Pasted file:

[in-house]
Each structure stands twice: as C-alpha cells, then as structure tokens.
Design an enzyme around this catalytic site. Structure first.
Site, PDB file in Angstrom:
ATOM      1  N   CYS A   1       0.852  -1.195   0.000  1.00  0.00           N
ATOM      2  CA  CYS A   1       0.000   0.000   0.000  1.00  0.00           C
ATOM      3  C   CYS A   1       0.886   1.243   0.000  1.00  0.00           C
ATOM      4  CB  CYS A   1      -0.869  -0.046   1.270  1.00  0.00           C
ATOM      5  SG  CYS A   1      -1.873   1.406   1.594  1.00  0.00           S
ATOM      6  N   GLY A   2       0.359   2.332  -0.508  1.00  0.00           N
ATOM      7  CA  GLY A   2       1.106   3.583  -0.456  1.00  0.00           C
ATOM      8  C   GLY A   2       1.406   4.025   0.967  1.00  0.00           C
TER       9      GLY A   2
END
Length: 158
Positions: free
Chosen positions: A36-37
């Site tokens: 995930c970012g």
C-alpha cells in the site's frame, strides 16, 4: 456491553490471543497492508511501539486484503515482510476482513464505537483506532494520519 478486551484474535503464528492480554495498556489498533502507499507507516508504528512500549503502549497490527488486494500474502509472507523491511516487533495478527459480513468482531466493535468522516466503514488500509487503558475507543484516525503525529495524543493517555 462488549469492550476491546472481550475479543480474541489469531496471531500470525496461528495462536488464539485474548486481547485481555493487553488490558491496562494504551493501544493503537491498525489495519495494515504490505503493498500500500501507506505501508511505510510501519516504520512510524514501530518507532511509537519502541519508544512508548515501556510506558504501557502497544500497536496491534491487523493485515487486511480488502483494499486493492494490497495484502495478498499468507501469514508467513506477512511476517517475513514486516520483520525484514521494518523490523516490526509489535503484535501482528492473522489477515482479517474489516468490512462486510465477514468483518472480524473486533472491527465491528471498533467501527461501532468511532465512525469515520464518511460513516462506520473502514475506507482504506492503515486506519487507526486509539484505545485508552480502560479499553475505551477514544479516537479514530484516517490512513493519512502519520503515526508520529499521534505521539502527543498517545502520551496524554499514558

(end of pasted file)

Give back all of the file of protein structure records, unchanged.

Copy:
[in-house]
Each structure stands twice: as C-alpha cells, then as structure tokens.
Design an enzyme around this catalytic site. Structure first.
Site, PDB file in Angstrom:
ATOM      1  N   CYS A   1       0.852  -1.195   0.000  1.00  0.00           N
ATOM      2  CA  CYS A   1       0.000   0.000   0.000  1.00  0.00           C
ATOM      3  C   CYS A   1       0.886   1.243   0.000  1.00  0.00           C
ATOM      4  CB  CYS A   1      -0.869  -0.046   1.270  1.00  0.00           C
ATOM      5  SG  CYS A   1      -1.873   1.406   1.594  1.00  0.00           S
ATOM      6  N   GLY A   2       0.359   2.332  -0.508  1.00  0.00           N
ATOM      7  CA  GLY A   2       1.106   3.583  -0.456  1.00  0.00           C
ATOM      8  C   GLY A   2       1.406   4.025   0.967  1.00  0.00           C
TER       9      GLY A   2
END
Length: 158
Positions: free
Chosen positions: A36-37
């Site tokens: 995930c970012g």
C-alpha cells in the site's frame, strides 16, 4: 456491553490471543497492508511501539486484503515482510476482513464505537483506532494520519 478486551484474535503464528492480554495498556489498533502507499507507516508504528512500549503502549497490527488486494500474502509472507523491511516487533495478527459480513468482531466493535468522516466503514488500509487503558475507543484516525503525529495524543493517555 462488549469492550476491546472481550475479543480474541489469531496471531500470525496461528495462536488464539485474548486481547485481555493487553488490558491496562494504551493501544493503537491498525489495519495494515504490505503493498500500500501507506505501508511505510510501519516504520512510524514501530518507532511509537519502541519508544512508548515501556510506558504501557502497544500497536496491534491487523493485515487486511480488502483494499486493492494490497495484502495478498499468507501469514508467513506477512511476517517475513514486516520483520525484514521494518523490523516490526509489535503484535501482528492473522489477515482479517474489516468490512462486510465477514468483518472480524473486533472491527465491528471498533467501527461501532468511532465512525469515520464518511460513516462506520473502514475506507482504506492503515486506519487507526486509539484505545485508552480502560479499553475505551477514544479516537479514530484516517490512513493519512502519520503515526508520529499521534505521539502527543498517545502520551496524554499514558